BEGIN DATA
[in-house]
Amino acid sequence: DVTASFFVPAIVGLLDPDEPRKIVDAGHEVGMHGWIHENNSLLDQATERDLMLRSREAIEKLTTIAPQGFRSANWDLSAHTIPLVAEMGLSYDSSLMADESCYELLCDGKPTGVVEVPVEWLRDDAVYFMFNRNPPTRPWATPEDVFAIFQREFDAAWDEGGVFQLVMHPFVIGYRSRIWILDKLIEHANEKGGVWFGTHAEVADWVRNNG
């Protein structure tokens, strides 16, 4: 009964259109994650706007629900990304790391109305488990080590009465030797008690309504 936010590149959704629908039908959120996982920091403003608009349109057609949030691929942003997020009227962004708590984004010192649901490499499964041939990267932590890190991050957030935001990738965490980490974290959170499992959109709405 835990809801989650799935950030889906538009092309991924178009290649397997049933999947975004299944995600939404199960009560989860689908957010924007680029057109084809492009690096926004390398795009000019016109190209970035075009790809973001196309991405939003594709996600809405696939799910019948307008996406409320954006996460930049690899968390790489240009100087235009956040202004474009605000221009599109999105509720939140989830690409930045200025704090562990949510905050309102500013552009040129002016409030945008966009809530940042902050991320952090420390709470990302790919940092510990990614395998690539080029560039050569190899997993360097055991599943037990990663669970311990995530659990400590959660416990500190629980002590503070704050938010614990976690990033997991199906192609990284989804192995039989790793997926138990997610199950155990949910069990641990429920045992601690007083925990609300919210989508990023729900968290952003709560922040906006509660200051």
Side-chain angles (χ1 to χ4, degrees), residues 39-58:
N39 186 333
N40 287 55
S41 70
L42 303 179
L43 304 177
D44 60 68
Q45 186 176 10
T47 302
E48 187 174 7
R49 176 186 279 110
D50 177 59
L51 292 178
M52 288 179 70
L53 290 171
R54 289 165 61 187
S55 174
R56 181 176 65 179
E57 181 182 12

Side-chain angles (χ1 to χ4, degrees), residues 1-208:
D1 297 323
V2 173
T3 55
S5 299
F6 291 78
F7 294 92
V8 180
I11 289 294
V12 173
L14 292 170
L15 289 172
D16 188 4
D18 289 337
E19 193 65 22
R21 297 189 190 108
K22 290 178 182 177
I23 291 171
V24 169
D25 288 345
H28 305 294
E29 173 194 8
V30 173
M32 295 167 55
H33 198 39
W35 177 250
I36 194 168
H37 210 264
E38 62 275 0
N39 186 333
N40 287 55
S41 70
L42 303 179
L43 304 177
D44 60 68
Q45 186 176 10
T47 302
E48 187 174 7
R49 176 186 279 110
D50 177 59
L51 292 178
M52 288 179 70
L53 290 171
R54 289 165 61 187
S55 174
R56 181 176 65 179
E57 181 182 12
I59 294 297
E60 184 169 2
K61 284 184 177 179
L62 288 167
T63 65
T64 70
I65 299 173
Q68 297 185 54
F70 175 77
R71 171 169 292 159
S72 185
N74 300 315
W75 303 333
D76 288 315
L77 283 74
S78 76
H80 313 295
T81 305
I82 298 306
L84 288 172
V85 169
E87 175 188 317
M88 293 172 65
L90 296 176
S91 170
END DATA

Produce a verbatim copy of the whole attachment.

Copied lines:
[in-house]
Amino acid sequence: DVTASFFVPAIVGLLDPDEPRKIVDAGHEVGMHGWIHENNSLLDQATERDLMLRSREAIEKLTTIAPQGFRSANWDLSAHTIPLVAEMGLSYDSSLMADESCYELLCDGKPTGVVEVPVEWLRDDAVYFMFNRNPPTRPWATPEDVFAIFQREFDAAWDEGGVFQLVMHPFVIGYRSRIWILDKLIEHANEKGGVWFGTHAEVADWVRNNG
């Protein structure tokens, strides 16, 4: 009964259109994650706007629900990304790391109305488990080590009465030797008690309504 936010590149959704629908039908959120996982920091403003608009349109057609949030691929942003997020009227962004708590984004010192649901490499499964041939990267932590890190991050957030935001990738965490980490974290959170499992959109709405 835990809801989650799935950030889906538009092309991924178009290649397997049933999947975004299944995600939404199960009560989860689908957010924007680029057109084809492009690096926004390398795009000019016109190209970035075009790809973001196309991405939003594709996600809405696939799910019948307008996406409320954006996460930049690899968390790489240009100087235009956040202004474009605000221009599109999105509720939140989830690409930045200025704090562990949510905050309102500013552009040129002016409030945008966009809530940042902050991320952090420390709470990302790919940092510990990614395998690539080029560039050569190899997993360097055991599943037990990663669970311990995530659990400590959660416990500190629980002590503070704050938010614990976690990033997991199906192609990284989804192995039989790793997926138990997610199950155990949910069990641990429920045992601690007083925990609300919210989508990023729900968290952003709560922040906006509660200051």
Side-chain angles (χ1 to χ4, degrees), residues 39-58:
N39 186 333
N40 287 55
S41 70
L42 303 179
L43 304 177
D44 60 68
Q45 186 176 10
T47 302
E48 187 174 7
R49 176 186 279 110
D50 177 59
L51 292 178
M52 288 179 70
L53 290 171
R54 289 165 61 187
S55 174
R56 181 176 65 179
E57 181 182 12

Side-chain angles (χ1 to χ4, degrees), residues 1-208:
D1 297 323
V2 173
T3 55
S5 299
F6 291 78
F7 294 92
V8 180
I11 289 294
V12 173
L14 292 170
L15 289 172
D16 188 4
D18 289 337
E19 193 65 22
R21 297 189 190 108
K22 290 178 182 177
I23 291 171
V24 169
D25 288 345
H28 305 294
E29 173 194 8
V30 173
M32 295 167 55
H33 198 39
W35 177 250
I36 194 168
H37 210 264
E38 62 275 0
N39 186 333
N40 287 55
S41 70
L42 303 179
L43 304 177
D44 60 68
Q45 186 176 10
T47 302
E48 187 174 7
R49 176 186 279 110
D50 177 59
L51 292 178
M52 288 179 70
L53 290 171
R54 289 165 61 187
S55 174
R56 181 176 65 179
E57 181 182 12
I59 294 297
E60 184 169 2
K61 284 184 177 179
L62 288 167
T63 65
T64 70
I65 299 173
Q68 297 185 54
F70 175 77
R71 171 169 292 159
S72 185
N74 300 315
W75 303 333
D76 288 315
L77 283 74
S78 76
H80 313 295
T81 305
I82 298 306
L84 288 172
V85 169
E87 175 188 317
M88 293 172 65
L90 296 176
S91 170